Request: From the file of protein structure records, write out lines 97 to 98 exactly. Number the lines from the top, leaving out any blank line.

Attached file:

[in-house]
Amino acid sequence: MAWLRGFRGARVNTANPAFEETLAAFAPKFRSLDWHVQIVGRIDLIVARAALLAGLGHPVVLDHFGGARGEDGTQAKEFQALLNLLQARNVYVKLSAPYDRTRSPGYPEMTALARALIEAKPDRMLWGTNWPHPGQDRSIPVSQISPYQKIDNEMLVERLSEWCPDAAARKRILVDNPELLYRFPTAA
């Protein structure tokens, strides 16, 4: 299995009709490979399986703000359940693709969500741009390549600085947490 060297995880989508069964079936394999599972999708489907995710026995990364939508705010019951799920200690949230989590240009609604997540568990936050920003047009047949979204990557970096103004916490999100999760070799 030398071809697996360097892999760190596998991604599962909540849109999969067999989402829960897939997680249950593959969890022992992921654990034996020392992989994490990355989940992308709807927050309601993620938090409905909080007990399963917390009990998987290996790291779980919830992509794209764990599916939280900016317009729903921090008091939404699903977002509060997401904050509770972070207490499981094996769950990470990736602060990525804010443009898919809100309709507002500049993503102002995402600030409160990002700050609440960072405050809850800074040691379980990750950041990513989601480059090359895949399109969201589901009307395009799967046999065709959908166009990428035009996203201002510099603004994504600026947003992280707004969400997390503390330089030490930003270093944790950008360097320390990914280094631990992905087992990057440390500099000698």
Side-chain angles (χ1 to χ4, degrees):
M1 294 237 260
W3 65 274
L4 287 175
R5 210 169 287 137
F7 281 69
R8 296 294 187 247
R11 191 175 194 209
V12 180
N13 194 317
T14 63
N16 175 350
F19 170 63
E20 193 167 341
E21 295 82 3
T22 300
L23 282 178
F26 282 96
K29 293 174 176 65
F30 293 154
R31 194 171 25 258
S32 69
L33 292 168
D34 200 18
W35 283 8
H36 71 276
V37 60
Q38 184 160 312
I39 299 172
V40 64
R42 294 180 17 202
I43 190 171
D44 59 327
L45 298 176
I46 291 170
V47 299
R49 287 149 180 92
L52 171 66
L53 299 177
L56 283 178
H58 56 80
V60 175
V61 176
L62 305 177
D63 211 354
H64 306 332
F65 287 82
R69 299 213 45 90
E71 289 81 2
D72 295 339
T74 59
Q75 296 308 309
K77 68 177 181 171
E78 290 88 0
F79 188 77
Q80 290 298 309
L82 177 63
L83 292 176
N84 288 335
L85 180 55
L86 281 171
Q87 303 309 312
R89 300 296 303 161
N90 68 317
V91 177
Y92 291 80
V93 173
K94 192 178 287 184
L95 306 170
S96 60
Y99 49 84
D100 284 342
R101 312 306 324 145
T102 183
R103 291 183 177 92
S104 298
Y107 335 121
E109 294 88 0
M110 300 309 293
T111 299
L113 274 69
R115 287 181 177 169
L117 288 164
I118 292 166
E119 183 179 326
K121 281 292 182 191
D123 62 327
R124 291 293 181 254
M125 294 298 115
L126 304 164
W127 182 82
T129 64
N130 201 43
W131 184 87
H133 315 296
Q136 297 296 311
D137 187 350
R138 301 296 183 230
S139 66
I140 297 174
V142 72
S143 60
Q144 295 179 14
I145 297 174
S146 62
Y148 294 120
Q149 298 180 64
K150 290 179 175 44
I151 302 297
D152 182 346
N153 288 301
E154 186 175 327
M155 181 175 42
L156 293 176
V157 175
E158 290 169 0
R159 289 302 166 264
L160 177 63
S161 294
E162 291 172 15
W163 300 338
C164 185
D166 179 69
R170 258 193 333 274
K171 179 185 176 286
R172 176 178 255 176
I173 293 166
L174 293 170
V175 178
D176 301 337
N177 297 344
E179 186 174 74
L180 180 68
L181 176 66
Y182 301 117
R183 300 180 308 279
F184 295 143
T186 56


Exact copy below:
W131 184 87
H133 315 296